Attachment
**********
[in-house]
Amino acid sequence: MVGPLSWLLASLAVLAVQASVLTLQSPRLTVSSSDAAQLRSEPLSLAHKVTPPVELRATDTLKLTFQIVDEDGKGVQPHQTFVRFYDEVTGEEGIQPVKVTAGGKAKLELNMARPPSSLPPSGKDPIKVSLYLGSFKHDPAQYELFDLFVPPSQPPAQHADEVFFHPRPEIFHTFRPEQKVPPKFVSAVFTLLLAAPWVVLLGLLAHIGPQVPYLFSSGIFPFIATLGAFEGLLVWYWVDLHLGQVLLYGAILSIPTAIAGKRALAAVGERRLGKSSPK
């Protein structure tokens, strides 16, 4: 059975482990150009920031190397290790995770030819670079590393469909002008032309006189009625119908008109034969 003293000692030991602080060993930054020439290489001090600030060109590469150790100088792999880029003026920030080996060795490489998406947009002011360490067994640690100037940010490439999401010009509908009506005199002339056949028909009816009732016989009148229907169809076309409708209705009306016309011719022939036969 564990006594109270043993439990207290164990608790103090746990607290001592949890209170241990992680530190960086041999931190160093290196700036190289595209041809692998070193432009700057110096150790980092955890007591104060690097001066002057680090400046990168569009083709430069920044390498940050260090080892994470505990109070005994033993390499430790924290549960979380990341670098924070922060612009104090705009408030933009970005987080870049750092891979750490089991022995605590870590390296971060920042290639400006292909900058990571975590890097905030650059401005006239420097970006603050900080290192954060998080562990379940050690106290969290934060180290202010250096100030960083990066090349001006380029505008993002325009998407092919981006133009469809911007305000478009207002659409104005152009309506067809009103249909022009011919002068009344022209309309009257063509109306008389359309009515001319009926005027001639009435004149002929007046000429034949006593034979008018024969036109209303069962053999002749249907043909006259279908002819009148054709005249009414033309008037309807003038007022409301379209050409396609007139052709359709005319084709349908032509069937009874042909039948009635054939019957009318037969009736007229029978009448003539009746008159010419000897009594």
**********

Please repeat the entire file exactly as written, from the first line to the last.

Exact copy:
[in-house]
Amino acid sequence: MVGPLSWLLASLAVLAVQASVLTLQSPRLTVSSSDAAQLRSEPLSLAHKVTPPVELRATDTLKLTFQIVDEDGKGVQPHQTFVRFYDEVTGEEGIQPVKVTAGGKAKLELNMARPPSSLPPSGKDPIKVSLYLGSFKHDPAQYELFDLFVPPSQPPAQHADEVFFHPRPEIFHTFRPEQKVPPKFVSAVFTLLLAAPWVVLLGLLAHIGPQVPYLFSSGIFPFIATLGAFEGLLVWYWVDLHLGQVLLYGAILSIPTAIAGKRALAAVGERRLGKSSPK
């Protein structure tokens, strides 16, 4: 059975482990150009920031190397290790995770030819670079590393469909002008032309006189009625119908008109034969 003293000692030991602080060993930054020439290489001090600030060109590469150790100088792999880029003026920030080996060795490489998406947009002011360490067994640690100037940010490439999401010009509908009506005199002339056949028909009816009732016989009148229907169809076309409708209705009306016309011719022939036969 564990006594109270043993439990207290164990608790103090746990607290001592949890209170241990992680530190960086041999931190160093290196700036190289595209041809692998070193432009700057110096150790980092955890007591104060690097001066002057680090400046990168569009083709430069920044390498940050260090080892994470505990109070005994033993390499430790924290549960979380990341670098924070922060612009104090705009408030933009970005987080870049750092891979750490089991022995605590870590390296971060920042290639400006292909900058990571975590890097905030650059401005006239420097970006603050900080290192954060998080562990379940050690106290969290934060180290202010250096100030960083990066090349001006380029505008993002325009998407092919981006133009469809911007305000478009207002659409104005152009309506067809009103249909022009011919002068009344022209309309009257063509109306008389359309009515001319009926005027001639009435004149002929007046000429034949006593034979008018024969036109209303069962053999002749249907043909006259279908002819009148054709005249009414033309008037309807003038007022409301379209050409396609007139052709359709005319084709349908032509069937009874042909039948009635054939019957009318037969009736007229029978009448003539009746008159010419000897009594």